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Broadway Across America
Matthew J. Taylor plays the part of Julian Marsh, a producer who tries to stage a lavish musical in the midst of the Great Depression, in "42nd Street," which will launch its U.S. tour in Salt Lake City Sept. 22-27.

SALT LAKE CITY — The new national touring production of "42nd Street" will launch in Salt Lake City on Tuesday, Sept. 22.

Mark Bramble, director and co-author of the show — which he dubs "the granddaddy of backstage musicals" — says the show brings an optimistic message.

"We've just been through a terrible recession that we seem to be coming out of, and '42nd Street' speaks to that," Bramble said in a written statement about the tour. "It's also an American dream story, and people like that. They want that!"

Bramble said the audience can easily root for Peggy Sawyer — a young actress who comes to New York to be a Broadway star — and share in her struggles and successes as director Julian Marsh tries to produce a lavish musical in financially desperate times.

The show begins when Sawyer is late for her audition, is rescued by the director and ends up replacing a veteran actress. First, though, she has to learn 25 pages of lines, six songs and 10 dance routines in 36 hours.

Matthew J. Taylor, who plays Marsh, said Marsh sees a new talent in Sawyer.

"Like many great directors, immortality is not only defined by the shows they set but also by the careers they launch," he said. "Peggy represents a new talent which could continue Julian's legacy."

"42nd Street" is then a Cinderella-type story based on the 1932 Bradford Ropes novel, which inspired the 1933 Warner Brothers movie. (The show won Tony awards for Best Musical and later for Best Revival of a Musical.)

Taylor said the show works because of "great music, great words, high stakes and a ton of talented tappers. This show blends the grit of a modern musical with the nostalgic levity and beautiful music of the golden age. It's a show that has something to say but also leaves you feeling good. Not many musicals these days can say the same."

Bramble said the national touring show is based on the 2001 Broadway revival but has new scenic design and some adjustments.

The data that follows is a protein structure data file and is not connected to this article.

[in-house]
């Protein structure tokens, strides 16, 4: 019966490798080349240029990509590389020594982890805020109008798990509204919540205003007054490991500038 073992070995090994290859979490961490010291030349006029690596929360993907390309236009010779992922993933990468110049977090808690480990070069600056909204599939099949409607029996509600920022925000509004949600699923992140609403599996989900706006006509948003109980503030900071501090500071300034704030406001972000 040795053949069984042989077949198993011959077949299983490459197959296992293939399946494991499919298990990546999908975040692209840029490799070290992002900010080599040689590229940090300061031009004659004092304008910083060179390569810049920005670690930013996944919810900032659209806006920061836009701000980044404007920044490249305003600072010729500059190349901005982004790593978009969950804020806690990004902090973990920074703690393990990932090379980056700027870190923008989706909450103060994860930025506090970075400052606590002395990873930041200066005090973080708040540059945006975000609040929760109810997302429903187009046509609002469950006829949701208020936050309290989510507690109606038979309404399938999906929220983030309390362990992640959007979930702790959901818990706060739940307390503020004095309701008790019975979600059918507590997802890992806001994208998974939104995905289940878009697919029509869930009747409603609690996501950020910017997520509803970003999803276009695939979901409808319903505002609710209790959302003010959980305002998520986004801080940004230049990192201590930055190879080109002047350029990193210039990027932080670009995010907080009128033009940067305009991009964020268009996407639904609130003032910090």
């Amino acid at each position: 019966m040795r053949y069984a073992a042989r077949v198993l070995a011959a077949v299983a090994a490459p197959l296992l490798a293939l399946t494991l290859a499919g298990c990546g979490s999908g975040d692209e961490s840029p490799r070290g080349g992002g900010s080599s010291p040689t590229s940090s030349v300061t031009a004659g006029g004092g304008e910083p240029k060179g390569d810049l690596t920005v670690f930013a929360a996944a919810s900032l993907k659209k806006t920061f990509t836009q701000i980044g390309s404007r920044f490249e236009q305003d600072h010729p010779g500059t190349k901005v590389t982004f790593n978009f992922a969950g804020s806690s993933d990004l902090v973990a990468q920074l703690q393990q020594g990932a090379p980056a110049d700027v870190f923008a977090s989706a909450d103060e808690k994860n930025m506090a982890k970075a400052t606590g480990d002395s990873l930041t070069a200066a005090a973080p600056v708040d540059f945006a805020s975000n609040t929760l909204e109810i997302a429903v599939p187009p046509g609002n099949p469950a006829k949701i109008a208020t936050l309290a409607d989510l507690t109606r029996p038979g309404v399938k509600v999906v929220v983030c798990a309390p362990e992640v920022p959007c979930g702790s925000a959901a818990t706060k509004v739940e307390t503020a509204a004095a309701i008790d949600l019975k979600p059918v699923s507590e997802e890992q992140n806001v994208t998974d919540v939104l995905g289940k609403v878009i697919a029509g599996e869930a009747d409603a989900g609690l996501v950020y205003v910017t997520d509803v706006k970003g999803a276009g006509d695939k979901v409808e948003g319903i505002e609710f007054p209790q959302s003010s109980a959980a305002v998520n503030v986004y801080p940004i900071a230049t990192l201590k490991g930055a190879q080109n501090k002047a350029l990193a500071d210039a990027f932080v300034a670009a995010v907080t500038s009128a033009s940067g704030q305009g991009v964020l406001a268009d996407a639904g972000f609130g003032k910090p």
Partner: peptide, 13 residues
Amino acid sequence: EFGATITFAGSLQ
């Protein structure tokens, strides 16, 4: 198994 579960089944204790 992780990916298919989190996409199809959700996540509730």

"I've taken out a few lines and added a few more lines, a few more wisecracks. But we didn't reinvent or deconstruct '42nd Street,'" Bramble said. "We were determined to deliver the show with everything the title promises. This touring production is a musical comedy motion picture in living color, similar to the 2001 idea."

Bramble said the cast is young and brings heart, energy and enthusiasm that's "absolutely infectious. These are things you can't manufacture. The audience can feel it; it spills out off the stage. It's heartwarming and it makes you feel good."

Many in the cast were not familiar with the show, and in Bramble's opinion, that's a good thing.

"It's a fresh, new experience for them, and they are in no way jaded," he said.

Caitlin Ehlinger, who plays Sawyer, and Blake Stadnik, who plays the juvenile lead, Billy Lawlor, are making their professional debuts.

"Charisma is something that is hard to put into words," Bramble said. "But when you see it, you know it right away. It takes two seconds to realize if a person has it or not. And both Caitlin and Blake have it. When Caitlin auditioned, she stood out in the room, far above any of the other girls, and she’s brought that into her performance. She is Peggy Sawyer. She’s amazing.

"The same is true for Blake. He stood out in the lineup of boys when they were dancing during auditions, and we all said, ‘Who is that?’”

Bramble spent a lot of time telling the cast about the Depression era and assigned everyone to find somebody who was alive during the Depression and collect a remembrance from them. Most talked to great-grandparents and heard stories about hardship, hunger and heartbreak.

It was also essential that they explore what people were like socially in the 1930s.

"It was quite different," Bramble said. "People weren’t huggy-kissy. They were much more formal. All of this gives the cast the sense of truth, of authenticity. It gives them a depth that they otherwise wouldn’t have, and you can see it in their performances."

One day during rehearsal, Bramble said, they were working through the scenes and their seasoned producer arrived unannounced. At the end of rehearsal, he wiped away a tear.

At that, Bramble said he thought to himself, "We've still got it!"

If you go ...

What: "42nd Street" national tour

Where: Capitol Theatre, 50 W. 200 South, Salt Lake City

When: Sept. 22-24, 7:30 p.m.; Sept. 25, 8 p.m.; Sept. 26, 2 and 8 p.m.; Sept. 27, 1 and 6:30 p.m.

How much: $32.50-$65

Phone: 801-355-2787

Web: ArtTix.org

Sharon Haddock is a professional writer with more than 35 years' experience, 17 at the Deseret News. Her personal blog is at sharonhaddock.blogspot.com.

Email: [email protected]